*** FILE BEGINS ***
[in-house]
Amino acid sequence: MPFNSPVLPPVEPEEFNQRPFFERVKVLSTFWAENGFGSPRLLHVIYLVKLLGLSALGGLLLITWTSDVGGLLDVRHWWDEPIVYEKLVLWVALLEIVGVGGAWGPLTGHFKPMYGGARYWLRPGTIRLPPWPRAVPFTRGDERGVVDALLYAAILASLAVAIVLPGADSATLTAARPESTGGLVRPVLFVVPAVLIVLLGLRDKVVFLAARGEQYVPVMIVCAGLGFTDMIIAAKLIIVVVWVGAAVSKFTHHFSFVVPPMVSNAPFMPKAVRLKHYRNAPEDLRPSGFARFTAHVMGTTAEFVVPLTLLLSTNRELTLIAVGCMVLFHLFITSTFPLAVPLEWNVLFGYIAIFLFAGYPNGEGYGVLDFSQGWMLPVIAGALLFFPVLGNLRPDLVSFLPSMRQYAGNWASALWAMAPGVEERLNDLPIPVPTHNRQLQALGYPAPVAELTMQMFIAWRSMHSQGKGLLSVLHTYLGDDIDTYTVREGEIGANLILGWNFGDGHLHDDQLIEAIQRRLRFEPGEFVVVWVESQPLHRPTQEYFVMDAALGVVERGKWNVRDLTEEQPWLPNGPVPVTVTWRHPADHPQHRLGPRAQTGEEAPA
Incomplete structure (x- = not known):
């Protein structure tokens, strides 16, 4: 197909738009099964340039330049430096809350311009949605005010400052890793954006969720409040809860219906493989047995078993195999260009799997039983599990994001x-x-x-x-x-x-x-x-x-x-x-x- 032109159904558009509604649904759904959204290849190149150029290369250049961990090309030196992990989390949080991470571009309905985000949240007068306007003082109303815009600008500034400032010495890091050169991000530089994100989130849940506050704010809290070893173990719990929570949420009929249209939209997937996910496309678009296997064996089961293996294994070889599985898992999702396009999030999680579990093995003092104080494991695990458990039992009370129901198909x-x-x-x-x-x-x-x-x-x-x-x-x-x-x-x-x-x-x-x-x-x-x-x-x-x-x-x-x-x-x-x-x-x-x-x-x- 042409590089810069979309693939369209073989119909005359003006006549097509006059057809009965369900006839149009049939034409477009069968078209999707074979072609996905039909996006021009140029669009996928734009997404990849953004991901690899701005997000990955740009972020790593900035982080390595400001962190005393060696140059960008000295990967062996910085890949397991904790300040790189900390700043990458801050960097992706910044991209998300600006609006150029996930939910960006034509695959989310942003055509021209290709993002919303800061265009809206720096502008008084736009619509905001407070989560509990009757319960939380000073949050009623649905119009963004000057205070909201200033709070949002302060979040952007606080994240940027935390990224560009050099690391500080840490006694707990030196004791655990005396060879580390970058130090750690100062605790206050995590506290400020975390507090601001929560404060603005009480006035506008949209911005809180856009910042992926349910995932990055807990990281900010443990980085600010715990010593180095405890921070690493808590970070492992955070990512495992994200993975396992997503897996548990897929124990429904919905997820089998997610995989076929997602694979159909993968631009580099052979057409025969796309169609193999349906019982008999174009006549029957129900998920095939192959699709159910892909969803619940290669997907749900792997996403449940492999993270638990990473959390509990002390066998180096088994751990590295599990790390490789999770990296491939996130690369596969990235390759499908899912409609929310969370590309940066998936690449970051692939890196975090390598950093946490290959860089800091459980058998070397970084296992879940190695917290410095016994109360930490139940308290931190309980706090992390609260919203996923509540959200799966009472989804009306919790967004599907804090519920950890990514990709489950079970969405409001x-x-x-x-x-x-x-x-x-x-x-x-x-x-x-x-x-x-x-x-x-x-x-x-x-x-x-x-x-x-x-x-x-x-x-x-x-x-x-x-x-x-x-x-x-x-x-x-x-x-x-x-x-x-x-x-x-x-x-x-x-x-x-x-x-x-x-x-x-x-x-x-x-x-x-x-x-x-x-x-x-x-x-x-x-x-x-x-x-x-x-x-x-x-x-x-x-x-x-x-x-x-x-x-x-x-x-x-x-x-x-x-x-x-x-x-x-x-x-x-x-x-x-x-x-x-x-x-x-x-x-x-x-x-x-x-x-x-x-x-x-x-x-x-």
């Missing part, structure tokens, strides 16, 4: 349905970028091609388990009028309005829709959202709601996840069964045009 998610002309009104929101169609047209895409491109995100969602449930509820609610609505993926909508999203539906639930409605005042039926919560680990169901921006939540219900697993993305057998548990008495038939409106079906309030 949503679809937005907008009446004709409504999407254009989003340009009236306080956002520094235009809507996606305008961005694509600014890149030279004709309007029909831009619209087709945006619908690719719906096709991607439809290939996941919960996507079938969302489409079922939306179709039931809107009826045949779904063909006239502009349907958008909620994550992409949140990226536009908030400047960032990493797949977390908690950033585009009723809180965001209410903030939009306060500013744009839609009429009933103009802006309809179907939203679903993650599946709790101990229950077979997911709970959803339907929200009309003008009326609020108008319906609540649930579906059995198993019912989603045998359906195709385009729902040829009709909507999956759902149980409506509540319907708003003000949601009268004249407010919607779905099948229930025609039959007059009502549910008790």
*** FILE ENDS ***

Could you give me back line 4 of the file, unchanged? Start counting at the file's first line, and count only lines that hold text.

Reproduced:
């Protein structure tokens, strides 16, 4: 197909738009099964340039330049430096809350311009949605005010400052890793954006969720409040809860219906493989047995078993195999260009799997039983599990994001x-x-x-x-x-x-x-x-x-x-x-x- 032109159904558009509604649904759904959204290849190149150029290369250049961990090309030196992990989390949080991470571009309905985000949240007068306007003082109303815009600008500034400032010495890091050169991000530089994100989130849940506050704010809290070893173990719990929570949420009929249209939209997937996910496309678009296997064996089961293996294994070889599985898992999702396009999030999680579990093995003092104080494991695990458990039992009370129901198909x-x-x-x-x-x-x-x-x-x-x-x-x-x-x-x-x-x-x-x-x-x-x-x-x-x-x-x-x-x-x-x-x-x-x-x-x- 042409590089810069979309693939369209073989119909005359003006006549097509006059057809009965369900006839149009049939034409477009069968078209999707074979072609996905039909996006021009140029669009996928734009997404990849953004991901690899701005997000990955740009972020790593900035982080390595400001962190005393060696140059960008000295990967062996910085890949397991904790300040790189900390700043990458801050960097992706910044991209998300600006609006150029996930939910960006034509695959989310942003055509021209290709993002919303800061265009809206720096502008008084736009619509905001407070989560509990009757319960939380000073949050009623649905119009963004000057205070909201200033709070949002302060979040952007606080994240940027935390990224560009050099690391500080840490006694707990030196004791655990005396060879580390970058130090750690100062605790206050995590506290400020975390507090601001929560404060603005009480006035506008949209911005809180856009910042992926349910995932990055807990990281900010443990980085600010715990010593180095405890921070690493808590970070492992955070990512495992994200993975396992997503897996548990897929124990429904919905997820089998997610995989076929997602694979159909993968631009580099052979057409025969796309169609193999349906019982008999174009006549029957129900998920095939192959699709159910892909969803619940290669997907749900792997996403449940492999993270638990990473959390509990002390066998180096088994751990590295599990790390490789999770990296491939996130690369596969990235390759499908899912409609929310969370590309940066998936690449970051692939890196975090390598950093946490290959860089800091459980058998070397970084296992879940190695917290410095016994109360930490139940308290931190309980706090992390609260919203996923509540959200799966009472989804009306919790967004599907804090519920950890990514990709489950079970969405409001x-x-x-x-x-x-x-x-x-x-x-x-x-x-x-x-x-x-x-x-x-x-x-x-x-x-x-x-x-x-x-x-x-x-x-x-x-x-x-x-x-x-x-x-x-x-x-x-x-x-x-x-x-x-x-x-x-x-x-x-x-x-x-x-x-x-x-x-x-x-x-x-x-x-x-x-x-x-x-x-x-x-x-x-x-x-x-x-x-x-x-x-x-x-x-x-x-x-x-x-x-x-x-x-x-x-x-x-x-x-x-x-x-x-x-x-x-x-x-x-x-x-x-x-x-x-x-x-x-x-x-x-x-x-x-x-x-x-x-x-x-x-x-x-």